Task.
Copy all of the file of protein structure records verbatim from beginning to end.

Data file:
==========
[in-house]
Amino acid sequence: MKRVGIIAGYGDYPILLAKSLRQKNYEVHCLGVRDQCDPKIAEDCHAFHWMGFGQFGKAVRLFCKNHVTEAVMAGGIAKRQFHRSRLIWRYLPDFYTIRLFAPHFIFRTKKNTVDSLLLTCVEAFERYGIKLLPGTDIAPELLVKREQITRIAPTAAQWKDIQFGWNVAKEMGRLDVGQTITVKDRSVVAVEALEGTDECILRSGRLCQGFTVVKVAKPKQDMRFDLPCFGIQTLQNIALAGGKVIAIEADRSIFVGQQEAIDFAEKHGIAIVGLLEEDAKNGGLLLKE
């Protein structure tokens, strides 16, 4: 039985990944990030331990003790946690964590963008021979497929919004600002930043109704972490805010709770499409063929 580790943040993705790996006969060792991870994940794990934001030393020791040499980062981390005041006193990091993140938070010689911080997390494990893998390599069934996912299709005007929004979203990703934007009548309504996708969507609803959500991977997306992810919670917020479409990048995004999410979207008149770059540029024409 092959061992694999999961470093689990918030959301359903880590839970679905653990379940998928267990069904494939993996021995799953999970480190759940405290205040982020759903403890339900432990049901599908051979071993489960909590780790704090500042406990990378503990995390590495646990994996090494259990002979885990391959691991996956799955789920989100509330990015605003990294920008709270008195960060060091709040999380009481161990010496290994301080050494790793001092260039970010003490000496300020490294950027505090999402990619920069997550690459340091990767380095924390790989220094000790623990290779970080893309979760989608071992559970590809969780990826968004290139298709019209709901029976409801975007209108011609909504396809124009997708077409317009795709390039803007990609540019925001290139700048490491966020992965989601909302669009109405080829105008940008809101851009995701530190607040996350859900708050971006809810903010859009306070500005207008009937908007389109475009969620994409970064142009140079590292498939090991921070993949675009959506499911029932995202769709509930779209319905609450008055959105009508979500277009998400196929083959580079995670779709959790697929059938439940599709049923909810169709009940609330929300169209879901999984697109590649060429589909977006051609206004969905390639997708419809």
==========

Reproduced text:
[in-house]
Amino acid sequence: MKRVGIIAGYGDYPILLAKSLRQKNYEVHCLGVRDQCDPKIAEDCHAFHWMGFGQFGKAVRLFCKNHVTEAVMAGGIAKRQFHRSRLIWRYLPDFYTIRLFAPHFIFRTKKNTVDSLLLTCVEAFERYGIKLLPGTDIAPELLVKREQITRIAPTAAQWKDIQFGWNVAKEMGRLDVGQTITVKDRSVVAVEALEGTDECILRSGRLCQGFTVVKVAKPKQDMRFDLPCFGIQTLQNIALAGGKVIAIEADRSIFVGQQEAIDFAEKHGIAIVGLLEEDAKNGGLLLKE
């Protein structure tokens, strides 16, 4: 039985990944990030331990003790946690964590963008021979497929919004600002930043109704972490805010709770499409063929 580790943040993705790996006969060792991870994940794990934001030393020791040499980062981390005041006193990091993140938070010689911080997390494990893998390599069934996912299709005007929004979203990703934007009548309504996708969507609803959500991977997306992810919670917020479409990048995004999410979207008149770059540029024409 092959061992694999999961470093689990918030959301359903880590839970679905653990379940998928267990069904494939993996021995799953999970480190759940405290205040982020759903403890339900432990049901599908051979071993489960909590780790704090500042406990990378503990995390590495646990994996090494259990002979885990391959691991996956799955789920989100509330990015605003990294920008709270008195960060060091709040999380009481161990010496290994301080050494790793001092260039970010003490000496300020490294950027505090999402990619920069997550690459340091990767380095924390790989220094000790623990290779970080893309979760989608071992559970590809969780990826968004290139298709019209709901029976409801975007209108011609909504396809124009997708077409317009795709390039803007990609540019925001290139700048490491966020992965989601909302669009109405080829105008940008809101851009995701530190607040996350859900708050971006809810903010859009306070500005207008009937908007389109475009969620994409970064142009140079590292498939090991921070993949675009959506499911029932995202769709509930779209319905609450008055959105009508979500277009998400196929083959580079995670779709959790697929059938439940599709049923909810169709009940609330929300169209879901999984697109590649060429589909977006051609206004969905390639997708419809």